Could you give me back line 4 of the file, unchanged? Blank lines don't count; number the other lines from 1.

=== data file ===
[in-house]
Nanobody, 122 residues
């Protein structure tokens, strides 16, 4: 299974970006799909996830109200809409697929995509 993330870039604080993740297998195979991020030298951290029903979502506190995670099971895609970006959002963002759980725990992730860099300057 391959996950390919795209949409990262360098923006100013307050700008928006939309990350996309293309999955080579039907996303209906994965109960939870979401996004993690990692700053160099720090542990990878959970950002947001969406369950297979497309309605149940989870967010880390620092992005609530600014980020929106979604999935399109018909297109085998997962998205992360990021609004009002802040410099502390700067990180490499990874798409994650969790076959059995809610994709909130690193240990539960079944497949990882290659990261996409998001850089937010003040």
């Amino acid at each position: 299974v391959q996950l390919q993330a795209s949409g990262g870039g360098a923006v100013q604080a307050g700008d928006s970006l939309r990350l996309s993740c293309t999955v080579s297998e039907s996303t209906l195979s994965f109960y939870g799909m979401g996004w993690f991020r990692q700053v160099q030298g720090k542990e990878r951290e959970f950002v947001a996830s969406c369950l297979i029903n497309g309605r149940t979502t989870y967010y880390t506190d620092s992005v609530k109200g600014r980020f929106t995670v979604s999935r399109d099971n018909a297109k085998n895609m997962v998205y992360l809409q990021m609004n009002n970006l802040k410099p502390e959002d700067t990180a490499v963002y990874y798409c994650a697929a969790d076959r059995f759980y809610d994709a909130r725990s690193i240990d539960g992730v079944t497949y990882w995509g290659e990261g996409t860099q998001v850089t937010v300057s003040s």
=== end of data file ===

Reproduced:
């Amino acid at each position: 299974v391959q996950l390919q993330a795209s949409g990262g870039g360098a923006v100013q604080a307050g700008d928006s970006l939309r990350l996309s993740c293309t999955v080579s297998e039907s996303t209906l195979s994965f109960y939870g799909m979401g996004w993690f991020r990692q700053v160099q030298g720090k542990e990878r951290e959970f950002v947001a996830s969406c369950l297979i029903n497309g309605r149940t979502t989870y967010y880390t506190d620092s992005v609530k109200g600014r980020f929106t995670v979604s999935r399109d099971n018909a297109k085998n895609m997962v998205y992360l809409q990021m609004n009002n970006l802040k410099p502390e959002d700067t990180a490499v963002y990874y798409c994650a697929a969790d076959r059995f759980y809610d994709a909130r725990s690193i240990d539960g992730v079944t497949y990882w995509g290659e990261g996409t860099q998001v850089t937010v300057s003040s």